2. Ayden

Adyen is an increasingly popular Stripe alternative that offers business merchants a wide range of ways to accept payments using one platform. 

Ayden works as a payments gateway for online payments, offers point-of-sale (POS) terminals to support in-person transactions, and can integrate with a number of other PSPs to support mobile apps or mobile payments. 


  • Ayden has a quick and simple onboarding system
  • Ayden doesn’t have monthly fees or setup fees
  • Ayden offers an easy refund process for customers


  • Tech support for merchants can be less responsive than other Stripe alternatives
  • Ayden’s APIs aren’t as dynamic as Stripe, which means customization is trickier
  • Ayden doesn’t support as many currencies as Stripe


Ayden charges a fixed processing fee and a fee determined by the payment method:

  • Visa and Mastercard transactions: “interchange plus” pricing model.
  • Wallet payments and ACH: Fees are specific to each payment method.
  • Ayden uses the interchange-plus pricing system — a model that credit card processors use to determine merchant per-transaction costs.

How Does it Compare to Stripe?

Ayden is a good Stripe alternative for big businesses that are managing high transaction volumes because of Ayden’s interchange-plus pricing system.

Interchange-plus pricing has two components: 

  • The ‘interchange’ – the fee charged by the card network
  • The ‘plus’ – a markup charged by the processor above the interchange fee

Ayden isn’t the only PSP out there that uses the interchange-plus system — and because it requires minimum invoice amounts, it might not be as good of a fit for small businesses or start-ups.

That being said, its merchant account offers customizable online payments with a focus on fraud detection and omnichannel sales. Ayden also supports tax-free shopping, which enables international travelers to claim back value-added tax (VAT) or local sales tax on purchases from designated tax-free shopping providers. 

3. Checkout.com

Checkout.com is a PSP that specializes in processing international payments. It supports payments in 159 different currencies and enables businesses to set up merchant accounts and accept 18 different payment methods from customers. 

This includes digital wallets like Apple Pay and Google Wallet.


  • Checkout.com offers a free trial period.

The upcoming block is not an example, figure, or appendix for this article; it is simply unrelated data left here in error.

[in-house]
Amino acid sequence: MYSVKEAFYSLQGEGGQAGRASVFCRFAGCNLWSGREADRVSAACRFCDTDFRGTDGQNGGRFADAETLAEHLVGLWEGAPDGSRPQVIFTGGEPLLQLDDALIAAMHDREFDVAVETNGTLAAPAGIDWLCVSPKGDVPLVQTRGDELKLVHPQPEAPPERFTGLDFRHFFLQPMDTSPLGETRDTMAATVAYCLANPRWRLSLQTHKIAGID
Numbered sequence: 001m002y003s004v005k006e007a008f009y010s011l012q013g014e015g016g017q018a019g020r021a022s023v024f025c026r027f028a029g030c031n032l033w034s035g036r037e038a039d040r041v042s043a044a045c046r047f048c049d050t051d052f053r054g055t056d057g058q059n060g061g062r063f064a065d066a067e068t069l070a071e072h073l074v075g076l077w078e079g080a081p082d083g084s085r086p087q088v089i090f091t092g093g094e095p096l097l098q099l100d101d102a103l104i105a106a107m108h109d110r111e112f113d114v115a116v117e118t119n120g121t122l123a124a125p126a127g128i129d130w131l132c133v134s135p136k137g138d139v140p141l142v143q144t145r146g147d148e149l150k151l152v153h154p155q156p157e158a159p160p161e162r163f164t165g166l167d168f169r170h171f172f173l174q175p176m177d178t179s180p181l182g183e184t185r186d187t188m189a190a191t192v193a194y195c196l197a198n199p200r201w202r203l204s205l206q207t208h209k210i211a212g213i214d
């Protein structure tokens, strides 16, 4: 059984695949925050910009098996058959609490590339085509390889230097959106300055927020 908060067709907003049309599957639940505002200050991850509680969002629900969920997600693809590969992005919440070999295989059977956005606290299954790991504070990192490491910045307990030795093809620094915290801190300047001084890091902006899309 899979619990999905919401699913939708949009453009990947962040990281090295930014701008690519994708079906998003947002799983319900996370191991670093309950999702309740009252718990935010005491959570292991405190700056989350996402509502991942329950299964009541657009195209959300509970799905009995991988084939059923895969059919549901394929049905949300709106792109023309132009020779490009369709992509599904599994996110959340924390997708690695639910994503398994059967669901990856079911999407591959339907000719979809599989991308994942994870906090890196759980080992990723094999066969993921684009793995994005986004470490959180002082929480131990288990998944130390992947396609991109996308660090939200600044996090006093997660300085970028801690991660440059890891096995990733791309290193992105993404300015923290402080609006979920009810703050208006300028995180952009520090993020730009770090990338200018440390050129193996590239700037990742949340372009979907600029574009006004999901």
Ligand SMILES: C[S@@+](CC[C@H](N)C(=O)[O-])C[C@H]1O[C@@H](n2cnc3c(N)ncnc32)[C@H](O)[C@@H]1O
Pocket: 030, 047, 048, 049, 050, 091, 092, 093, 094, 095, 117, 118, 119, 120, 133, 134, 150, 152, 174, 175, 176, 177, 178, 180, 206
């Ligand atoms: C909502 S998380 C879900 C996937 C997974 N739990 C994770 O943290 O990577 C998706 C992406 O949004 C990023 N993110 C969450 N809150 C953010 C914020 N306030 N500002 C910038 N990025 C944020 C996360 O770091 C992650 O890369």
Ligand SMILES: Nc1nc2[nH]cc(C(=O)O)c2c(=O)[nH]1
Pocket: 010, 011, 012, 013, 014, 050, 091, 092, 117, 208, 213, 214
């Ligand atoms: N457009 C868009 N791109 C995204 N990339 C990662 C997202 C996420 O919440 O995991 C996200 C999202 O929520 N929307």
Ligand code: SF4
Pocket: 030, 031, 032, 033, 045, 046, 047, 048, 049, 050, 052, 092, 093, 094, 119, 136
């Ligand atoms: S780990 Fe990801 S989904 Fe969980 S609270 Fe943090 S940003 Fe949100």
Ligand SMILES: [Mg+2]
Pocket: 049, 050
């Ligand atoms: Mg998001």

• Checkout.com accepts more currencies than Stipe alternatives like PayPal and Ayden.


  • Checkout.com has a list of prohibited business types that can’t set up merchant accounts.
  • Checkout.com’s screening process and pricing make setting up harder for small businesses.


Checkout.com uses a tailored pricing structure — which means that each merchant will get their own bespoke, flat rate. To get a quote, you must fill out a form on Checkout.com’s pricing page.

Checkout.com uses the interchange-plus method to decide its rates.

How Does it Compare to Stripe?

Businesses that choose Checkout.com as a Stripe alternative tend to do so because Checkout.com offers fast processing speeds and is customizable and reliable.

Checkout.com can also process more currencies than Stripe, which means you can accept transactions from more markets.

That being said, the set-up process with Checkout.com is a bit more tedious than setting up with Stripe. It’s also worth noting that certain businesses aren’t allowed to set up merchant accounts with Checkout.com — so you’ve got to do your homework to make sure you can even use Checkout.com.

4. Helcim

While Checkout.com is ideal for big businesses, Helcim is a payment gateway that offers a merchant account and specializes in small businesses that are processing relatively large amounts of money.

Helcim caters to smaller businesses by offering flexible contract terms, a transparent pricing system that’s built around interchange plus, and almost no additional or hidden fees.


  • Helcim is essentially an all-in-one solution that offers a merchant account, credit card processing, point-of-sale system, hosted payment pages, invoicing, and business management tools
  • Helcim has no long-term contracts or monthly fees
  • Helcim’s processing costs go down as your transaction volumes increase


  • Helcim’s pricing structure isn’t cost-effective for businesses that process low monthly volumes